By Alex Roth
If you’d predicted a decade ago that San Diego County might soon have more than 100 craft breweries, someone would have accused you of drinking one too many grapefruit-and-citra IPAs.
In San Diego, like most everywhere else, making craft beer used to be mainly the hobby of people who kept small home-brew kits in their basements and enjoyed swapping recipes online.
Today, however, San Diego has become one of the world’s leading players in the multibillion-dollar craft beer industry. And Ed O’Sullivan is uniquely qualified to lecture about the challenges facing anyone looking to get into the business.
O’Sullivan is a guest speaker in UC San Diego Extension’s Professional Certificate in Brewing. He also is one of the founders and owners of O’Sullivan Bros. Brewing Co. in Scripps Ranch.
As it happens, he and his brothers built their brewery while he was a student in the exact same UC San Diego Extension program where he now lectures.
“When I went to class, I was pretty much sitting in the front row asking questions about what I was going to be working on in the brewery the next day,” he said. “I was probably a pest with questions, but I was highly motivated.”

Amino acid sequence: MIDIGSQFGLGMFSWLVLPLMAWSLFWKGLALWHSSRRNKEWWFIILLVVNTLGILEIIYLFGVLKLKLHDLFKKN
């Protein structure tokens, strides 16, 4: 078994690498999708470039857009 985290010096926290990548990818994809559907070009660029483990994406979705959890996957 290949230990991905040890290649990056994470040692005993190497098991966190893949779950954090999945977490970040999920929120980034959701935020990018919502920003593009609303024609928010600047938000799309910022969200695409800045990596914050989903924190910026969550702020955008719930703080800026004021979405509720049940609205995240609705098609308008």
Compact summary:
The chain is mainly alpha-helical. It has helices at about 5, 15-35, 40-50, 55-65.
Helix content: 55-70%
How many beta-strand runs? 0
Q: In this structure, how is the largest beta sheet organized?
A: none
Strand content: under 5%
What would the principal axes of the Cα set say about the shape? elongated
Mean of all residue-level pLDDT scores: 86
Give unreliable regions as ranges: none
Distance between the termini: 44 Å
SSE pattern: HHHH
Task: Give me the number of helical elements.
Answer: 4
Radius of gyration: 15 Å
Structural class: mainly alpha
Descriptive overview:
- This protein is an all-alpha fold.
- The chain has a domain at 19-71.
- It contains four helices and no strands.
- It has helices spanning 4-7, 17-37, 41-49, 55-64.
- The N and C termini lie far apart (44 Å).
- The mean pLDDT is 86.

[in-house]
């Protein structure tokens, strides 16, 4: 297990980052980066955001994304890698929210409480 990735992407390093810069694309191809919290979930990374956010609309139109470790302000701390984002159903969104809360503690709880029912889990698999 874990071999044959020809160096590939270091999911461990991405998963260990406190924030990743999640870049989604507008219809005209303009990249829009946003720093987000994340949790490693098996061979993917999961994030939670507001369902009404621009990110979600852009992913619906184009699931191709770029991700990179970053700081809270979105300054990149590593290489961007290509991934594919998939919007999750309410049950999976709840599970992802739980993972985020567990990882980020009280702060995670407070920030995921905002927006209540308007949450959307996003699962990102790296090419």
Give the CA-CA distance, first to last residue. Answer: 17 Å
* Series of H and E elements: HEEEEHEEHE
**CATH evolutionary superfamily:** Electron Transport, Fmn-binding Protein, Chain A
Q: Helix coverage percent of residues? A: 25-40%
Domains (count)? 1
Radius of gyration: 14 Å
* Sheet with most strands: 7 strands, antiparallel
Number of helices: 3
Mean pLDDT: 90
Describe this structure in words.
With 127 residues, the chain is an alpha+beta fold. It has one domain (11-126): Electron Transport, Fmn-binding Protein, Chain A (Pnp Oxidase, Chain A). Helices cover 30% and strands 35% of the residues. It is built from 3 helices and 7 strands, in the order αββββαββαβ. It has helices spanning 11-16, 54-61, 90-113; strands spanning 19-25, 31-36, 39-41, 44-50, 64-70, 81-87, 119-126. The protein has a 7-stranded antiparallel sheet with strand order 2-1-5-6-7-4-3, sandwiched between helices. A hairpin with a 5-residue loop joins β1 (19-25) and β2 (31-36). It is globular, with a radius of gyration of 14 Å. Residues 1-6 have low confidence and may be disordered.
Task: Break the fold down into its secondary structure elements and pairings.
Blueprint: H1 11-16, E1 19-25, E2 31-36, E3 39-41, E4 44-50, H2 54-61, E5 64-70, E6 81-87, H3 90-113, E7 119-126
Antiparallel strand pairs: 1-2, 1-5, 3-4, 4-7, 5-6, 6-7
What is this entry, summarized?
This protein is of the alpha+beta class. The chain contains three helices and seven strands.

The industry has only grown and the competition has increased in the one and a half years since the O’Sullivans first opened their tasting room and began the arduous task of getting the right people to notice their beers.
Theirs was the ninety-sixth craft brewery in the county. Now, there are more than 125, all of them churning out exotic brews with names such as Farmhouse Noir, Daniel Boone Imperial Oatmeal Stout, and Freudian Sip Strong Ale. If you want a beer flavored with cinnamon, or watermelon, or chipotle peppers, or chocolate, or even peanut butter, you can find it on tap somewhere in the San Diego region.
O’Sullivan can talk at length about all the things a brewer must do to succeed in this environment. He has opinions about what equipment to buy, how big to make your tasting room, and the critical importance of making sure the next batch of a particular type of beer tastes exactly the same as the previous batch.
Given the level of competition, it is sometimes the smallest detail that can determine whether a business thrives.
“There are so many choices for the consumer,” he said. “All they want to do is to go to a brand new brewery they’ve never been to before. And you can do that on 128 consecutive weekends now in San Diego. That’s a long time.”
O’Sullivan has lived in San Diego since 1975 and was a successful businessman long before he decided to get into the craft-brew game.
He graduated in 1980 from UC San Diego with a degree in molecular biology, worked for many years in the tech industry, and eventually became the owner of two businesses: CFO Connect and Business Books, both of which provide consulting services to small biotech companies. He still owns both.
A few years ago, he and four of his brothers decided to open a brewery. On the O’Sullivan Bros. Brewing Co. website, they explain their decision this way: